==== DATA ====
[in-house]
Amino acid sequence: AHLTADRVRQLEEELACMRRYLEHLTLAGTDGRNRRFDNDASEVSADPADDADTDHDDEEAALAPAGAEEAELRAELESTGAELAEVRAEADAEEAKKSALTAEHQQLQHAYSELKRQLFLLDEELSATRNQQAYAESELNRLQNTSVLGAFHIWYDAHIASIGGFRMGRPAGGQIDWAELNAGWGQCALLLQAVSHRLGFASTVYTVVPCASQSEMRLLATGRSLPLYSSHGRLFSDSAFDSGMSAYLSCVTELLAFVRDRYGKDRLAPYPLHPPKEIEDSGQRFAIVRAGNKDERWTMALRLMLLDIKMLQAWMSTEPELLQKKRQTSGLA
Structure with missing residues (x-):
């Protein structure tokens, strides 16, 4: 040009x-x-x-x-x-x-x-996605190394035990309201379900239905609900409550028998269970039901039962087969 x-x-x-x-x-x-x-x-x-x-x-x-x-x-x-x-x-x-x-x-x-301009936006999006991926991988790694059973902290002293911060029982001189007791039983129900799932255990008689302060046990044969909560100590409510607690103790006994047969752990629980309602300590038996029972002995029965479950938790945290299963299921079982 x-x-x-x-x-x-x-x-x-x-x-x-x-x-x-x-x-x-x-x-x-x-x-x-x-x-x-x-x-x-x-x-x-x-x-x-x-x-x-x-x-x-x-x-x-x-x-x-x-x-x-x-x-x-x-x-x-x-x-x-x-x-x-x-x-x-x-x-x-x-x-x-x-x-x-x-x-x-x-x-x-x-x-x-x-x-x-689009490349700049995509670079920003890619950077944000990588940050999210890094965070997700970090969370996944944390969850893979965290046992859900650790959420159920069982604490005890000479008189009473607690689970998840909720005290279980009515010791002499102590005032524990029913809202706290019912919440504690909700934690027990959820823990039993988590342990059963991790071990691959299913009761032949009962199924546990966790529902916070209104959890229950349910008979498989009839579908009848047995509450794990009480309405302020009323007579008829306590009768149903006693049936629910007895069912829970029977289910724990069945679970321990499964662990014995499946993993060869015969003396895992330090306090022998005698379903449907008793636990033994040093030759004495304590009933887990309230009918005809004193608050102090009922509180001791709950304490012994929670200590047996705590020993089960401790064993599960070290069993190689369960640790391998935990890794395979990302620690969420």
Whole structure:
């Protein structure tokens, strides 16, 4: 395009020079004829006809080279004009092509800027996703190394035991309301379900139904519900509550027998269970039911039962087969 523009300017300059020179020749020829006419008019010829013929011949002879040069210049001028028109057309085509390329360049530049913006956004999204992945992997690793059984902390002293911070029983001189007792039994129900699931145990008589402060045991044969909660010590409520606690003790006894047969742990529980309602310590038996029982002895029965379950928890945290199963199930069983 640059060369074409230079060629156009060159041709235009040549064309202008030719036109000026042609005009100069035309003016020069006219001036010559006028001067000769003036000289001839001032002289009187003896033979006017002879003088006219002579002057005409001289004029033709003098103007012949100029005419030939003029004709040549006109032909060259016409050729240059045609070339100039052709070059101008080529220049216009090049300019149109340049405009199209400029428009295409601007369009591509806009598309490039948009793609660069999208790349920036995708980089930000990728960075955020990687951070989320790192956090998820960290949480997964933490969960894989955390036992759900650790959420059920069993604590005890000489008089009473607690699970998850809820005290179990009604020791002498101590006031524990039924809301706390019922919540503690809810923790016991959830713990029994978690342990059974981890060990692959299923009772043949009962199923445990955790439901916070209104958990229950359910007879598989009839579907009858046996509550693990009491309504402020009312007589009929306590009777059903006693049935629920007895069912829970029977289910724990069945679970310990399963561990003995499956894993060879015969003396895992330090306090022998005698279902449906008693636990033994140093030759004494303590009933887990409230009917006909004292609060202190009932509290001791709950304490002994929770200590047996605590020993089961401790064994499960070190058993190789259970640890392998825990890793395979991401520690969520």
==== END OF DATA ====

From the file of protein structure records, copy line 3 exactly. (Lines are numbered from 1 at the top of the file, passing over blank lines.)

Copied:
Structure with missing residues (x-):